A token dispenser features a sign from a real Seattle arcade — and spits the coins out for free. But while visitors can certainly play as much as they want, there are arcade rules hung on the walls to encourage equitable playtime. There’s also a free pay phone hanging nearby, and yes, it does work for incoming and outgoing calls.
I tried my own 80s-trained hand at Centipede and managed to play for several minutes on a game that used to capture my attention for much longer. On Donkey Kong, I quickly ran through three lives, as I have completely lost the ability to judge the timing necessary to stay alive in that classic game.
After the arcade, we headed home with “Alex” to a friend’s basement rec room. Warm wood paneling (shipped from Georgia) and exposed floor joists overhead give the room a very Midwest-basement vibe. There is a selection of vintage furnishings, wall hangings, lamps and other decor, and most importantly for computer and game nuts, some hardware to propel the storyline.
“In terms of computing culture in the 80s, this is the point where things have moved out of the computer room and universities and institutions and things are just coming into malls and your home,” Alcorn said. “This is the point where Americans are really meeting the computer and adopting it and making it their own and just embracing it. The ’70s were really important for the spread of the personal computer, but that’s much different than just saturating every bit of your culture.”
On a desk, there is a TRS Color Computer 3 and a selection of cartridges. A Nintendo game console is hooked up to the old TV, with a couple vintage controllers laid out on the floor in front of it. There is also a record player and LPs to sample, a Simon memory game, another phone with an answering machine, and a Betamax video player complete with such titles as “Star Wars: A New Hope,” “Star Trek III: The Search for Spock,” and “Splash.”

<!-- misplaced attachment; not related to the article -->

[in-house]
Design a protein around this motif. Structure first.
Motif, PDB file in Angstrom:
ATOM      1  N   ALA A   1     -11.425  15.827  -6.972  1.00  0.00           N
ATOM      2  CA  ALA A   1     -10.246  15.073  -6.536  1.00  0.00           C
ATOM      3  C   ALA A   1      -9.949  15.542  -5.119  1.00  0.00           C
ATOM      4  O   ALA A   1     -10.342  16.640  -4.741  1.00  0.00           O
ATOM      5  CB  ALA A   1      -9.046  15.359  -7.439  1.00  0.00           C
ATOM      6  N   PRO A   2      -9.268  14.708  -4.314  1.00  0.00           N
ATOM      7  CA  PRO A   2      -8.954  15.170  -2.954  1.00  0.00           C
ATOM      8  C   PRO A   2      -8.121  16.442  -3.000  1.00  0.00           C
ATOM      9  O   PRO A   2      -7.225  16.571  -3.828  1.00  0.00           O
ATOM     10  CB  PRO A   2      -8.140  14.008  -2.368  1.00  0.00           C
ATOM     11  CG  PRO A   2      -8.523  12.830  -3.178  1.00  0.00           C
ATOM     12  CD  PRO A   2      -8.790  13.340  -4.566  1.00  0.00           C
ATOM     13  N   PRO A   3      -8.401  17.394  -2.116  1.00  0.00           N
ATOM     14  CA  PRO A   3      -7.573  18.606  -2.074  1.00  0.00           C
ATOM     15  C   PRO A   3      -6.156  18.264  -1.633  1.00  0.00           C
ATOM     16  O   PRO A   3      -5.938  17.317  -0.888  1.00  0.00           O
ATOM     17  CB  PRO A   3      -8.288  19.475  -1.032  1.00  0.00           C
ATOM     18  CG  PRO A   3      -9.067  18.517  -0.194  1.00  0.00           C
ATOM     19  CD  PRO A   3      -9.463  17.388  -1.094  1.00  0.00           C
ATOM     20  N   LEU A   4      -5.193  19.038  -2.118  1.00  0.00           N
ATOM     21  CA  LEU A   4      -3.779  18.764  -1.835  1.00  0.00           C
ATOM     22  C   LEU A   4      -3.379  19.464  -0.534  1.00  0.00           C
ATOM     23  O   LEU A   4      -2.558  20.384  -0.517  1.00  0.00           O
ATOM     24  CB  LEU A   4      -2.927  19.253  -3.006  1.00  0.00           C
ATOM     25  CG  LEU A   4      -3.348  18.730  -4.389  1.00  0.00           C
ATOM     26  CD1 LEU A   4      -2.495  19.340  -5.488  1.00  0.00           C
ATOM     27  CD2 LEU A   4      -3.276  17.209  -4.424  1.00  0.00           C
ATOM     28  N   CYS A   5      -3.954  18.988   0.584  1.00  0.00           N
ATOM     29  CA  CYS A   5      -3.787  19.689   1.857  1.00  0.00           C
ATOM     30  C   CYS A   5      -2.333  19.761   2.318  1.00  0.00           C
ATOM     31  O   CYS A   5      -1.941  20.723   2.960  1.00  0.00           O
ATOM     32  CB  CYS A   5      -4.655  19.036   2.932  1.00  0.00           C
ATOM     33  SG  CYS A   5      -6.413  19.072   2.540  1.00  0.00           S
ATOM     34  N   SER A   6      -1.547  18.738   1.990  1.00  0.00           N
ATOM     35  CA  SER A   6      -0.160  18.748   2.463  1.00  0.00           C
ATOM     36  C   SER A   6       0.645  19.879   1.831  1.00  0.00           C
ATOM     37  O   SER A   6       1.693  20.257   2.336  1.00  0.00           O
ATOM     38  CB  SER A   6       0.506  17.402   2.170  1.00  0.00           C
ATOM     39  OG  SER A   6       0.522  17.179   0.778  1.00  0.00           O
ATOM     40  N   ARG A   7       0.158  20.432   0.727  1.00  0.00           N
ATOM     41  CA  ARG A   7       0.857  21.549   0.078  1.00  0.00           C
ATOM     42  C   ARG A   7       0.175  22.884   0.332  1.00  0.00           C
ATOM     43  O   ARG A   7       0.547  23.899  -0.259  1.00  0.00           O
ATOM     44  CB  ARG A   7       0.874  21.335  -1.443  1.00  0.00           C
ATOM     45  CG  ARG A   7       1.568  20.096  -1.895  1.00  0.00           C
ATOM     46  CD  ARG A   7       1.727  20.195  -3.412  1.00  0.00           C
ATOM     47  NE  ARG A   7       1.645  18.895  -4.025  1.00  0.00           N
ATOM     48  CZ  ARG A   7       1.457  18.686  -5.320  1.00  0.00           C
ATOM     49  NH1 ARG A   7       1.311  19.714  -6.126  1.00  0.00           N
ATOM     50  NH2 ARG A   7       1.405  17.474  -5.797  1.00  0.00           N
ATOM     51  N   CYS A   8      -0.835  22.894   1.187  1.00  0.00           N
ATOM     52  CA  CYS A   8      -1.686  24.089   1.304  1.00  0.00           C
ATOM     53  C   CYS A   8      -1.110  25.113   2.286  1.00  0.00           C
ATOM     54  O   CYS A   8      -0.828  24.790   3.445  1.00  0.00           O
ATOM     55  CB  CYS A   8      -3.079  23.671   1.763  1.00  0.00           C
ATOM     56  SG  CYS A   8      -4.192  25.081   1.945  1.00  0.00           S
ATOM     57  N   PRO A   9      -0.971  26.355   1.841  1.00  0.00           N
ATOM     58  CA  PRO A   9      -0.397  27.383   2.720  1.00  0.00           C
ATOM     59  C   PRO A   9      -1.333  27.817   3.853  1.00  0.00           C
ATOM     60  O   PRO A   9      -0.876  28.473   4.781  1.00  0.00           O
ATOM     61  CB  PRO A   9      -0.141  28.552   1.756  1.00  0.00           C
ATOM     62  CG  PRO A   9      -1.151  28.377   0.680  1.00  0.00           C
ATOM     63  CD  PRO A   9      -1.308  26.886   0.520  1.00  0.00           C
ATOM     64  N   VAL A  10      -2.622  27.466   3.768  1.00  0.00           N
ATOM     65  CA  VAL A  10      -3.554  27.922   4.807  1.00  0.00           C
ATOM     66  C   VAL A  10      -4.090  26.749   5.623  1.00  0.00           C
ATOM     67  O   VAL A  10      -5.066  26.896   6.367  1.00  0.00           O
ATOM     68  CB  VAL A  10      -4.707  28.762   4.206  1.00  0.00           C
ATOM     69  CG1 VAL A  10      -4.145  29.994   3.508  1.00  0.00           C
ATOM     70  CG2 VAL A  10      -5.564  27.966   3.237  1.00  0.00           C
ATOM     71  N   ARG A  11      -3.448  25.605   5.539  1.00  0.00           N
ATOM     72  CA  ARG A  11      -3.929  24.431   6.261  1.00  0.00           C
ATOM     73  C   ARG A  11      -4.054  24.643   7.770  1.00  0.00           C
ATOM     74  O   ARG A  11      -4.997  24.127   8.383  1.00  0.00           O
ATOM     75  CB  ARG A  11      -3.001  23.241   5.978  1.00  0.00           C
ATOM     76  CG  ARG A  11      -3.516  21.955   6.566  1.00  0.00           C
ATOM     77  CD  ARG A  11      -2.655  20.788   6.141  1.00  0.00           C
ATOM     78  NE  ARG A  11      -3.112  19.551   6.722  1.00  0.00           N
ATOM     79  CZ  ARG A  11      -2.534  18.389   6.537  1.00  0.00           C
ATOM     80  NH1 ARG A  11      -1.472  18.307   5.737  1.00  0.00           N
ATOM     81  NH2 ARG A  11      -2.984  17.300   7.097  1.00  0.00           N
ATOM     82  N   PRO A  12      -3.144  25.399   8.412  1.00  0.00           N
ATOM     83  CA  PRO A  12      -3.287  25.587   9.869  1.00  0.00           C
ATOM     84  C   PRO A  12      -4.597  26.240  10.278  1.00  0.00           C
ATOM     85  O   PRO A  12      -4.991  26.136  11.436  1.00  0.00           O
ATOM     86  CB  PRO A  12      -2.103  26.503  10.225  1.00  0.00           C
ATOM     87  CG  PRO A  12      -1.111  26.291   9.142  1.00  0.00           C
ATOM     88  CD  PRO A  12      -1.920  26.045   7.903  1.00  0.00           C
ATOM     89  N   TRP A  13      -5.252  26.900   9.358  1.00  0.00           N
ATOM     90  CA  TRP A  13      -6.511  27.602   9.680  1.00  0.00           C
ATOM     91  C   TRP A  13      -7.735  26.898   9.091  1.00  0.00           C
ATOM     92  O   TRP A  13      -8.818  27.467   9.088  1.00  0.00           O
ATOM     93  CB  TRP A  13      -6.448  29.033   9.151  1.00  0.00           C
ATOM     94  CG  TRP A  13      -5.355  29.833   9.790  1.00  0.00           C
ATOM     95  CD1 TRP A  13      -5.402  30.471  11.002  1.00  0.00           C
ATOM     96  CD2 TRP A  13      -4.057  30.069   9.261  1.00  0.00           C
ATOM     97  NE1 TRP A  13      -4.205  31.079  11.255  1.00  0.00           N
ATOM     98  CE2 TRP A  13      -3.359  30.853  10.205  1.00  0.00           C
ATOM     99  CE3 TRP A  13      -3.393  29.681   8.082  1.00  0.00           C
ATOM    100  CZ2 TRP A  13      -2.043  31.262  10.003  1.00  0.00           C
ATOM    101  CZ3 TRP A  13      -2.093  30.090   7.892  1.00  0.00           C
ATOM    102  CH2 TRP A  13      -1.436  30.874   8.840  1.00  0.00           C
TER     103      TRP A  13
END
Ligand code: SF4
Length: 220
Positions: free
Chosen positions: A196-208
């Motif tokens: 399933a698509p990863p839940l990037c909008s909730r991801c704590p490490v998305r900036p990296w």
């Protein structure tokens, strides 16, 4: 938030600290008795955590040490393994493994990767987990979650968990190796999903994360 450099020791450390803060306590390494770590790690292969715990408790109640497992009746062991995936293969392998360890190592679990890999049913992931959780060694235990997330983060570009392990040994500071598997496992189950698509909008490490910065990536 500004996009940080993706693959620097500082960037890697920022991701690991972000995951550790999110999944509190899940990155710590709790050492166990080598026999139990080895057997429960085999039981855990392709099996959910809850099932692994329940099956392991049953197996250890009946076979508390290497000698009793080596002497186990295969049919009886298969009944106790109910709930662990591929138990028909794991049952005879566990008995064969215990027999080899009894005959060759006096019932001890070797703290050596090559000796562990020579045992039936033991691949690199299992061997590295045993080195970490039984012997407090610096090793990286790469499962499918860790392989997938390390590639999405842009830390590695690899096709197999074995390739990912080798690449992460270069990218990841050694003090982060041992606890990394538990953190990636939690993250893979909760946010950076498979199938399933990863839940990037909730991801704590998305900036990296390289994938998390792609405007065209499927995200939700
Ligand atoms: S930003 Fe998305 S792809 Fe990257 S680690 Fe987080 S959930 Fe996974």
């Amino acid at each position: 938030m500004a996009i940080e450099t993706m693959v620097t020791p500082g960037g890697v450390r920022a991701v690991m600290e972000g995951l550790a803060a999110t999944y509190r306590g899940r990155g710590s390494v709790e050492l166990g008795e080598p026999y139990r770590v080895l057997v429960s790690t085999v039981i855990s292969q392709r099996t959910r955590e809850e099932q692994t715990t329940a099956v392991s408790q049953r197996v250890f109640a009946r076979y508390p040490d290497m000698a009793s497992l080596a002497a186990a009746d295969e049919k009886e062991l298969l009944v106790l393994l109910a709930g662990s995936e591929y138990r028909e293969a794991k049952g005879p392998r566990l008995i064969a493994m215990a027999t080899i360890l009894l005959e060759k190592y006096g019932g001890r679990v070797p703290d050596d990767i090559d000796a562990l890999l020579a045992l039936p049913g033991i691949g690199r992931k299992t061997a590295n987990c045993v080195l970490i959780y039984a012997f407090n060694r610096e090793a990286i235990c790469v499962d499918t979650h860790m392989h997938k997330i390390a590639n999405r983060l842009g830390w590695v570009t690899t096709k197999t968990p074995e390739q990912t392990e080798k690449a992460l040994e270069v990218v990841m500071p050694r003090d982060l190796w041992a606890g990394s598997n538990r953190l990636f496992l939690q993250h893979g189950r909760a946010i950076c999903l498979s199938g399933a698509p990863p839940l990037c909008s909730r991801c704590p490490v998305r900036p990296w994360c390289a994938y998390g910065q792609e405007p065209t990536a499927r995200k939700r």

Standing in the room with my iPhone in my hand, the juxtaposition between my modern technology and this snapshot of what I grew up with is really striking.
“You had to grab a cartridge and physically plug it in … you’re not just scanning through your apps and playing a game,” said Lath Carlson, executive director of Living Computers.
It’s conceivable that a visitor to the exhibit could disappear in this room and curl up on the couch, reading a book or flipping through a photo album while listening to old records. Living Computers doesn’t shy from the idea of people becoming part of the exhibit.
“The idea is that you should be able to come in and kind of explore,” Alcorn said. “We just want to see what people do. If someone wants to come in and watch a movie, if that’s how they want to spend their visit, OK.”
“Totally ’80s Rewind” will be open for a members’ only preview on Wednesday at 5 p.m. at Living Computers Museum + Labs, 2245 First Ave S. in Seattle. The exhibit opens to the public on Thursday, and a 21-and-over party on March 24 will feature live aerialists, ’80s-themed karaoke, tabletop gaming, and a scavenger hunt. The exhibit runs through the end of 2018.